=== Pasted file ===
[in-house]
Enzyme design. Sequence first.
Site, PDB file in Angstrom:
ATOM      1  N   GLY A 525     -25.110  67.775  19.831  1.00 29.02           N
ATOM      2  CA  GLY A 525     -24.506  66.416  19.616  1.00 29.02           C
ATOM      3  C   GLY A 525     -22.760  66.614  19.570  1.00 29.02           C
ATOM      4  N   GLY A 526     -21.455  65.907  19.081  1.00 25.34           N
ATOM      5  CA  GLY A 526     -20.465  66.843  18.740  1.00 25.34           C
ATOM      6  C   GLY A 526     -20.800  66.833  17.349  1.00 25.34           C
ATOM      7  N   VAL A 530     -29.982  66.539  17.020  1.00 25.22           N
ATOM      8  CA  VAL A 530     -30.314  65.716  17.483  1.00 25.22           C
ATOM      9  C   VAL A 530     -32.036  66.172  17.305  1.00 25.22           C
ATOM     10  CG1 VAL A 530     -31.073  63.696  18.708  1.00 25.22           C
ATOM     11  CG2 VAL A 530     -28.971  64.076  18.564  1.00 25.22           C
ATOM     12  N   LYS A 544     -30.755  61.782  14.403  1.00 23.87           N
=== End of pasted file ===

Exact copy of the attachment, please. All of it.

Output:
[in-house]
Enzyme design. Sequence first.
Site, PDB file in Angstrom:
ATOM      1  N   GLY A 525     -25.110  67.775  19.831  1.00 29.02           N
ATOM      2  CA  GLY A 525     -24.506  66.416  19.616  1.00 29.02           C
ATOM      3  C   GLY A 525     -22.760  66.614  19.570  1.00 29.02           C
ATOM      4  N   GLY A 526     -21.455  65.907  19.081  1.00 25.34           N
ATOM      5  CA  GLY A 526     -20.465  66.843  18.740  1.00 25.34           C
ATOM      6  C   GLY A 526     -20.800  66.833  17.349  1.00 25.34           C
ATOM      7  N   VAL A 530     -29.982  66.539  17.020  1.00 25.22           N
ATOM      8  CA  VAL A 530     -30.314  65.716  17.483  1.00 25.22           C
ATOM      9  C   VAL A 530     -32.036  66.172  17.305  1.00 25.22           C
ATOM     10  CG1 VAL A 530     -31.073  63.696  18.708  1.00 25.22           C
ATOM     11  CG2 VAL A 530     -28.971  64.076  18.564  1.00 25.22           C
ATOM     12  N   LYS A 544     -30.755  61.782  14.403  1.00 23.87           N